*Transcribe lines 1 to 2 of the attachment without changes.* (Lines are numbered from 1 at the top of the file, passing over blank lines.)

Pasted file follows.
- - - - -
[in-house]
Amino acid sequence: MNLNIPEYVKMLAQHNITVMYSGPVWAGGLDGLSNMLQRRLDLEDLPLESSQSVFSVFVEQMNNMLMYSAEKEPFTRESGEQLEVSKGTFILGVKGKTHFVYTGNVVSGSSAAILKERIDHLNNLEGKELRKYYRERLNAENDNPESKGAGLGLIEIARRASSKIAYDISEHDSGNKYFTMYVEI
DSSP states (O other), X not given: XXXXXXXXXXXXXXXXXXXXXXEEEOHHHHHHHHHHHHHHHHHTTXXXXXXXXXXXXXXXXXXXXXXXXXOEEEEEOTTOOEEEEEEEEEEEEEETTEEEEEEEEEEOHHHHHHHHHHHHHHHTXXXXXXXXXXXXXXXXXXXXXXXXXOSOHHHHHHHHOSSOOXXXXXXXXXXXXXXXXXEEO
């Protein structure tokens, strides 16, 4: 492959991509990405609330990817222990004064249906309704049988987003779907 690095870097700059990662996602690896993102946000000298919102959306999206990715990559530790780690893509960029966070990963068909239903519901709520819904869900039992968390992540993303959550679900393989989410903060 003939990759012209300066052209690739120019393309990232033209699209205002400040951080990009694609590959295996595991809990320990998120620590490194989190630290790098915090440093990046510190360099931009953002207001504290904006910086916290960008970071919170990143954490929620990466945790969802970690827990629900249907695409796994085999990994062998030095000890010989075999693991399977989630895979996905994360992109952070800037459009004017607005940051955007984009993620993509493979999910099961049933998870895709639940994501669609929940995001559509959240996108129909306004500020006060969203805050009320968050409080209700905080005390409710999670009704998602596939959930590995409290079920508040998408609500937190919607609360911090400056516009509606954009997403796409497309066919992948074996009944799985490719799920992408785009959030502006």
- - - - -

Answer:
[in-house]
Amino acid sequence: MNLNIPEYVKMLAQHNITVMYSGPVWAGGLDGLSNMLQRRLDLEDLPLESSQSVFSVFVEQMNNMLMYSAEKEPFTRESGEQLEVSKGTFILGVKGKTHFVYTGNVVSGSSAAILKERIDHLNNLEGKELRKYYRERLNAENDNPESKGAGLGLIEIARRASSKIAYDISEHDSGNKYFTMYVEI